Four women historians produce the scholarly, but not stuffy DIG podcast. The episodes all include transcripts which make DIG an excellent choice for teachers who assign podcast episodes. Not all episodes are safe for work or school, because of frank content, however. But, this is usually quite clear from the descriptions.
Slave Rebels and Resistance in the Revolutionary Caribbean is an episode that could be very useful in class. I have provided links to it as one of several resources for an online discussion, and many students cited it in their posts. The episode provides succinctly summarizes the Haitian Revolution (no mean feat) and describes several other examples of resistance from around the region, including Jamaica, Martinique, and Barbados. Students could use any of these less famous rebellions as evidence in a free response-question; teachers could add one to a lecture or activity on the Age of Revolutions. Related: Hearts of Darkness: Victorian Imperialism and Travel of the African Continent blends biographies with a systemic treatment of colonialism.
A group of scholars from the Southeastern Council of Latin American Studies produces the Historias podcast. Since it is from a Latin American Studies Association, not all of the episodes relate to history. But, those that do include discussions of historiography and archival search. Most episodes involve a host(s) and guest(s) discussing the recent scholarship
Episode 28 on Latin America’s Cold War, for instance, features two historians explaining the state of the field, including when the Cold War began in Latin America. This episode was especially interesting to me, because it suggested how the Mexican Revolution played a key role in ideological conflicts in the region. Related: Episode 40. Aaron Coy Moulton on Right-wing Caribbean Dictators is on a narrower topic but includes a great research story and stresses how Latin Americans acted independently from the US at times.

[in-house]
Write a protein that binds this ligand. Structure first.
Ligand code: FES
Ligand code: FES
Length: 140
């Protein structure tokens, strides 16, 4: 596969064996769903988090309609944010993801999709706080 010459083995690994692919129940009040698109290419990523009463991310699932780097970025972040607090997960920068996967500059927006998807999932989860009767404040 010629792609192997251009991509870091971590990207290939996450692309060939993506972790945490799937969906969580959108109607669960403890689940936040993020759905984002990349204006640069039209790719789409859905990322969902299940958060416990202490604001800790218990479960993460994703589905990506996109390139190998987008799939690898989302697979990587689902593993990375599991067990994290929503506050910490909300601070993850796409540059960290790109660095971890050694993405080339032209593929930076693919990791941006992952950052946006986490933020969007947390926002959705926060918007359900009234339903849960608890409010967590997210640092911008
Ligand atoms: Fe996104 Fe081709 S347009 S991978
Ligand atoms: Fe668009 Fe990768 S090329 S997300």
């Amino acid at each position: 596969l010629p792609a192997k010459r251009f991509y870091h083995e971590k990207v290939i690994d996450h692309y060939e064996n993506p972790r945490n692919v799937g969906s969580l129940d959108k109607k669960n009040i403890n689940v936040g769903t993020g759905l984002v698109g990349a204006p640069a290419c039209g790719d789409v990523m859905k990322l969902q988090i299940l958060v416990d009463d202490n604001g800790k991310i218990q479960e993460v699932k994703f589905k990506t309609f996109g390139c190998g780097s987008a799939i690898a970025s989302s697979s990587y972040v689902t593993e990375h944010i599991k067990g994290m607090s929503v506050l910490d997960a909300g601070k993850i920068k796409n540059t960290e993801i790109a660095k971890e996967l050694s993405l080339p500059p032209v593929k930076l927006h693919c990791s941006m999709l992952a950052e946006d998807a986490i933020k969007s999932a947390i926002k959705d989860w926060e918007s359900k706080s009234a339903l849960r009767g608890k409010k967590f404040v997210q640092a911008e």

All of the episodes above could be useful for teachers and for ambitious students. As mentioned above, I consider On Top of the World with historians Matt Drwenski and Dave Eaton to be a must listen for AP World teachers in particular. The show is aimed squarely at teaching the World History survey; and, thus, episodes bring together historiography and pedagogy. Drwenski has taught AP World and Eaton teaches its equivalent at Grand Valley State University (Go Lakers!). I loved the book American Baroque, discussed on this episode with its author Molly Warsh. If you can not make the time to read a book about pearls in early modern World History, I understand, but also encourage you to spend a few minutes listening to Warsh explain how and why historical knowledge should be constructed.
The five podcasts describe here is only a partial list of my favorites. Many others can help AP World History students and teachers to think complexly about the past and how we learn about it. I encourage teachers and students to describe their's in the comment. Happy listening!